Submitted to: Domestic Animal Endocrinology
Publication Type: Peer Reviewed Journal
Publication Acceptance Date: February 8, 1999
Publication Date: N/A
Interpretive Summary: It is well documented that growth hormone administration to red meat animals, in particular swine, consistently improves growth performance including average daily gain and feed efficiency, with marked changes in the composition of gain characterized by enhanced muscle growth and reduced fat tissue deposition. In general, exogenous growth hormone administration has failed to improve growth, and in particular, skeletal muscle deposition in domestic poultry. This study was conducted to further explore why broiler chickens do not respond to growth hormone in a manner similar to mammals. It was determined that all mechanisms are functional in birds, except that growth hormone, unlike the situation in pigs, induces secondary metabolic changes, which negates any positive response to growth hormone. These secondary changes involve the thyroid gland and the metabolism of its products. This information will be of interest to both poultry producers and other scientists.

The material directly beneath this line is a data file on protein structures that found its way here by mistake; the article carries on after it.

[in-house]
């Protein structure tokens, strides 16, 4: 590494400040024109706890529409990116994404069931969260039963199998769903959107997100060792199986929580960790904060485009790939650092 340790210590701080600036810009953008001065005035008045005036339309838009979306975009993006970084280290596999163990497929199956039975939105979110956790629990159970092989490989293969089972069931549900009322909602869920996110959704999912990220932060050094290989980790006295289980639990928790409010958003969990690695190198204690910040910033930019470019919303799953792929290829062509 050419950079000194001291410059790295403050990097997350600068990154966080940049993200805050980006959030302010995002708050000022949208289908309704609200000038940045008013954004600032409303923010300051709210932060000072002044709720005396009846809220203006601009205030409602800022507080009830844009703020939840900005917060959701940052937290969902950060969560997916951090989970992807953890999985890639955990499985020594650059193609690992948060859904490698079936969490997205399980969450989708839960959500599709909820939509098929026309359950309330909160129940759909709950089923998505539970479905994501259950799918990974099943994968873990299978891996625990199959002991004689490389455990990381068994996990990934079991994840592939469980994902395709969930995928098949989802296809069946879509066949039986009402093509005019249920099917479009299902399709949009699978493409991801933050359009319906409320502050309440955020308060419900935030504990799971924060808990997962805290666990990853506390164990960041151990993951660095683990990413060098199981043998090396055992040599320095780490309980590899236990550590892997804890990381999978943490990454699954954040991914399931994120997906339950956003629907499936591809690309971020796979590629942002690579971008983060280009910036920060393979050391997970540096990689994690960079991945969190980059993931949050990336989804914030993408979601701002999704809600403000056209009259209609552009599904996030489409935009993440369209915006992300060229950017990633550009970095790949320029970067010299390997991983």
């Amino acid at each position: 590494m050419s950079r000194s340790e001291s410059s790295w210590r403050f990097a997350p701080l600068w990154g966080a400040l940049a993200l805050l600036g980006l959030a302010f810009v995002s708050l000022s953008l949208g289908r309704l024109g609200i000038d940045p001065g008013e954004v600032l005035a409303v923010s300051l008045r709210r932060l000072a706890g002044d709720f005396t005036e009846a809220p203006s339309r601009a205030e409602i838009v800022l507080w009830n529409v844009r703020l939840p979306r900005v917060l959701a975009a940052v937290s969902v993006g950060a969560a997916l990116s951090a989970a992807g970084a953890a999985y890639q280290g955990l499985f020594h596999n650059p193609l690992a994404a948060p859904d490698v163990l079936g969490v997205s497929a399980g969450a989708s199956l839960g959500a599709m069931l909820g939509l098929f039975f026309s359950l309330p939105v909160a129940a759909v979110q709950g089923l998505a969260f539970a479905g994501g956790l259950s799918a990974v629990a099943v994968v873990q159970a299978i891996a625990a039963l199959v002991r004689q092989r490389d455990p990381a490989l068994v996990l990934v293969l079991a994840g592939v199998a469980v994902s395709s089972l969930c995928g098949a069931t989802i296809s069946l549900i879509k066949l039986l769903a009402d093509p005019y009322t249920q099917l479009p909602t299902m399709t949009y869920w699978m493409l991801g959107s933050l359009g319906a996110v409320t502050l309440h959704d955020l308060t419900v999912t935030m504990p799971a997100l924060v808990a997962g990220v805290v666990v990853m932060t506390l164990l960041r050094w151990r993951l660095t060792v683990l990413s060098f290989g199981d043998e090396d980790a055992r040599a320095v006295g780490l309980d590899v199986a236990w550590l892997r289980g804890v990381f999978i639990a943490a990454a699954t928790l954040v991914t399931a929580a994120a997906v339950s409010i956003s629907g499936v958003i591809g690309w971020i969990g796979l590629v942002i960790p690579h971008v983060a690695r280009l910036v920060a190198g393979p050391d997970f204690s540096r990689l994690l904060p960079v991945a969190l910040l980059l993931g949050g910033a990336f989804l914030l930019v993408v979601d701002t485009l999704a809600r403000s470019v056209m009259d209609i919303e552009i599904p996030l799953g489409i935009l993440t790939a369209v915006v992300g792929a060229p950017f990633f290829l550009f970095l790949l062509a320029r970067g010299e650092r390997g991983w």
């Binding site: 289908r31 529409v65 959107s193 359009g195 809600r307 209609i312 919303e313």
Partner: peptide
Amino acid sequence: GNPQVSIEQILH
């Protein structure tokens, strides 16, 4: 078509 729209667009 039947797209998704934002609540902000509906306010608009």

Despite well documented anabolic effects of GH in mammals, a clear demonstration of such responses in domestic poultry is lacking. Recently, dose-response studies of GH action in the chicken have been conducted using recombinant GH administered to female broilers. GH reduced feed intake (FI) and body weight gain in a dose-dependent manner. The reduction in voluntary Y protein and mRNA were reduced. Growth of breast muscle was also reduced. Muscle free 3-methylhistidine content was not changed, suggesting that a depression in protein synthesis rather than increased degradation occurred. Neither circulating nor breast muscle IGF-I were enhanced by GH, despite evidence that early events in the GH signalling pathway were intact, including binding of GH t its receptor (GHR), association of JAK2 with the GH/GHR complex, and dose-dependent enhancement of JAK2 protein and increase in circulating T3 concentrations, with a maximal increase, paralleled decreases in hepatic 5D-III monodeiodinase activity, whereas 5'D-I activity was not altered. This confirms that a marked hyperthyroid response to GH occurs in late posthatch chickens, resulting from a decrease in the degradative pathway of T3 metabolism. This secondary hyperthyroidism would account for the decreased skeletal muscle mass and lack of enhanced tissue IGF-I in GH treated birds. It is now evident that GH does in fact have important effects in poultry, but that secondary metabolic responses confound the anabolic potential of the hormone.